My dear Sir,
Though much pressed for time I cannot resist writing to you first to say that I have this moment left Daguerre’s who was so obliging as to shew us all his Pictures on Silver saved from the fire which burned his house <1> and also one on glass. – It is hardly saying too much to call them miraculous. Certainly they surpass anything I could have conceived as within the bounds of reasonable expectation. The most elaborate engraving falls far short of the richness & delicacy of execution every gradation of light & shade is given with a softness & fidelity which sets all painting at an immeasurable distance.
His times also are very short. – In a bright day 3 m suffices for the full effect up to the point where the lights become excessive. In dull or rainy days & in the interior of an apartment (for copying sculptures and pictures) from 5 to 10 m are requisite.
The beautiful effect of
the River Scenes in rain must be seen to be appreciated. Sculptures are rendered in their most minute details with a beauty quite inconceivable
In scenes of great detail, every letter in distant inscriptions – every chip in the corner of every stone in every building is reproduced & distinctly recognizable with a strong lens all the paving stones in distant chaussées <2> are faithfully rendered.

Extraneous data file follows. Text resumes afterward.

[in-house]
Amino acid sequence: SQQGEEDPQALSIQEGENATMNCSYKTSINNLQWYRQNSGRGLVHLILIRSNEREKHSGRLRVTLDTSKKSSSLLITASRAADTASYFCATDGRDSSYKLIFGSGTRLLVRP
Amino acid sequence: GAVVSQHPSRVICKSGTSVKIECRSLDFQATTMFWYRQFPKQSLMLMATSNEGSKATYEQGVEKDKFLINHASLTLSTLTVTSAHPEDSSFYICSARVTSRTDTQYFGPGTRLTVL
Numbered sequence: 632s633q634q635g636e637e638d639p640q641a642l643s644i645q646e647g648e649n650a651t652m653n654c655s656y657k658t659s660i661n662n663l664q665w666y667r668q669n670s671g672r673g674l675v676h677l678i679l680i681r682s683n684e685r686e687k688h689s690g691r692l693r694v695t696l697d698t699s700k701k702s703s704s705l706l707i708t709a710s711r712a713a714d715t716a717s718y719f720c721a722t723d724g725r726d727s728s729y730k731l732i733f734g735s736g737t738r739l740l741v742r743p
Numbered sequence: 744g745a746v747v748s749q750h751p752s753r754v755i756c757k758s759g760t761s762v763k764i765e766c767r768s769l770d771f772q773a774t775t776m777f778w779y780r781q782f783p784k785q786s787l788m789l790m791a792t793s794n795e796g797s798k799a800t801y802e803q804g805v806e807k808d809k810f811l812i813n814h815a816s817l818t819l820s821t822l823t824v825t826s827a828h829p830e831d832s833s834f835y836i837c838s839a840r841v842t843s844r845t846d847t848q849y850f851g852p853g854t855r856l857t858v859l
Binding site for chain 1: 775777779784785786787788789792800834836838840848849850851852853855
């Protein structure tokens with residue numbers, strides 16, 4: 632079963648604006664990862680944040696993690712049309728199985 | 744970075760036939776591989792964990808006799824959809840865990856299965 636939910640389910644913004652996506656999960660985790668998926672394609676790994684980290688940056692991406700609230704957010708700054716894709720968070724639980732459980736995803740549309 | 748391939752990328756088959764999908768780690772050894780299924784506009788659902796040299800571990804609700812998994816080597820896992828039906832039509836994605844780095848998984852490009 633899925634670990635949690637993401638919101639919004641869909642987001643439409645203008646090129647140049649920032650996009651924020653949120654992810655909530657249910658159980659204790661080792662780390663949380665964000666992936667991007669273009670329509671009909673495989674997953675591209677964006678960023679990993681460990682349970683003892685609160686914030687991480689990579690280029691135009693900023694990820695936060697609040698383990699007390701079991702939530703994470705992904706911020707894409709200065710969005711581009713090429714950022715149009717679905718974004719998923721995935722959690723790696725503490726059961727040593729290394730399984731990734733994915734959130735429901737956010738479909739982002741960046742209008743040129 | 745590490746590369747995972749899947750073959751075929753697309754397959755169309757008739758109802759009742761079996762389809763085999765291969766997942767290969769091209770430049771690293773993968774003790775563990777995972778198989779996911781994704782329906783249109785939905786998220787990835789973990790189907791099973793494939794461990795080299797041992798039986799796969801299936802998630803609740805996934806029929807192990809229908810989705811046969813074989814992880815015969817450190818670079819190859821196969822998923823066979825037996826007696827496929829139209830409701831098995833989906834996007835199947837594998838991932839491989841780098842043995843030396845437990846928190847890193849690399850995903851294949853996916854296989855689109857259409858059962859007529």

In short if you have a few days at your disposition I cannot command you better than to Come & See. Excuse this ebullition,
and believe me my dear sir Yours very truly
Paris. May 9. 1839.We leave Paris tomorrow or next day.
PS. The pictures are on very thin sheets of plated copper, neither expensive nor very cumbersome. A traveller might easily carry in his trunk a sufficiency for all his purposes.
H. F. Talbot Esqr
1. The Diorama and laboratory of Louis Jacques Mandé Daguerre (1787–1851), French artist, showman & inventor, on the Rue de Marais, burned 8 March 1839. Although Daguerre restricted the showing of daguerreotypes while awaiting a verdict on his government pension, still many notable scientists were able to view them.
2. It was a common test of daguerreotype images, to count window panes, chimney pots, or in this case, paving stones in the streets.